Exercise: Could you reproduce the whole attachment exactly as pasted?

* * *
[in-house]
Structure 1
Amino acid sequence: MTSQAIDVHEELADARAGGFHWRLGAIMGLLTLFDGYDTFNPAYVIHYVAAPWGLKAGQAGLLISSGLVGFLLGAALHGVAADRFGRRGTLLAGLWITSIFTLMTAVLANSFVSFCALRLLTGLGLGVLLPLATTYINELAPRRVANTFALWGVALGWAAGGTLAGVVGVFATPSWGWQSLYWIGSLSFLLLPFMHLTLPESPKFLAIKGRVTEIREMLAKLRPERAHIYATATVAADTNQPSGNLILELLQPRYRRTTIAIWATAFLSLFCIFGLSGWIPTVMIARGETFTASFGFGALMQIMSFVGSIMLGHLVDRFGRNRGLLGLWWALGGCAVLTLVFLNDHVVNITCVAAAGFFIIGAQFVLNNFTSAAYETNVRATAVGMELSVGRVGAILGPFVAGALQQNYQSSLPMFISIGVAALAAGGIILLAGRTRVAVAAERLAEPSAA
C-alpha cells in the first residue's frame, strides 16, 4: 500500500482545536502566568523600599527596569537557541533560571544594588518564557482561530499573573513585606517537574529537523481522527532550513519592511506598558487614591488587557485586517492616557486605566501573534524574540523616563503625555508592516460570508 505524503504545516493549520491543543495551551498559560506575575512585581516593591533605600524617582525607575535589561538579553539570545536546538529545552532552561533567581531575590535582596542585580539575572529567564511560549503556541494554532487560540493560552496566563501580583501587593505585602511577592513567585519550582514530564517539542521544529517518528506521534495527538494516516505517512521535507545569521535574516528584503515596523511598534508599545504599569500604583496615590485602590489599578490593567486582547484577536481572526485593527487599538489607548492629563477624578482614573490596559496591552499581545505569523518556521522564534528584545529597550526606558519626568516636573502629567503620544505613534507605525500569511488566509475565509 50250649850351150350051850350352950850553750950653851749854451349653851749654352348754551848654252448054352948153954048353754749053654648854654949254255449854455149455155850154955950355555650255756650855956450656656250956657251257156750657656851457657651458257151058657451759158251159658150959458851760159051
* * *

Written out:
[in-house]
Structure 1
Amino acid sequence: MTSQAIDVHEELADARAGGFHWRLGAIMGLLTLFDGYDTFNPAYVIHYVAAPWGLKAGQAGLLISSGLVGFLLGAALHGVAADRFGRRGTLLAGLWITSIFTLMTAVLANSFVSFCALRLLTGLGLGVLLPLATTYINELAPRRVANTFALWGVALGWAAGGTLAGVVGVFATPSWGWQSLYWIGSLSFLLLPFMHLTLPESPKFLAIKGRVTEIREMLAKLRPERAHIYATATVAADTNQPSGNLILELLQPRYRRTTIAIWATAFLSLFCIFGLSGWIPTVMIARGETFTASFGFGALMQIMSFVGSIMLGHLVDRFGRNRGLLGLWWALGGCAVLTLVFLNDHVVNITCVAAAGFFIIGAQFVLNNFTSAAYETNVRATAVGMELSVGRVGAILGPFVAGALQQNYQSSLPMFISIGVAALAAGGIILLAGRTRVAVAAERLAEPSAA
C-alpha cells in the first residue's frame, strides 16, 4: 500500500482545536502566568523600599527596569537557541533560571544594588518564557482561530499573573513585606517537574529537523481522527532550513519592511506598558487614591488587557485586517492616557486605566501573534524574540523616563503625555508592516460570508 505524503504545516493549520491543543495551551498559560506575575512585581516593591533605600524617582525607575535589561538579553539570545536546538529545552532552561533567581531575590535582596542585580539575572529567564511560549503556541494554532487560540493560552496566563501580583501587593505585602511577592513567585519550582514530564517539542521544529517518528506521534495527538494516516505517512521535507545569521535574516528584503515596523511598534508599545504599569500604583496615590485602590489599578490593567486582547484577536481572526485593527487599538489607548492629563477624578482614573490596559496591552499581545505569523518556521522564534528584545529597550526606558519626568516636573502629567503620544505613534507605525500569511488566509475565509 50250649850351150350051850350352950850553750950653851749854451349653851749654352348754551848654252448054352948153954048353754749053654648854654949254255449854455149455155850154955950355555650255756650855956450656656250956657251257156750657656851457657651458257151058657451759158251159658150959458851760159051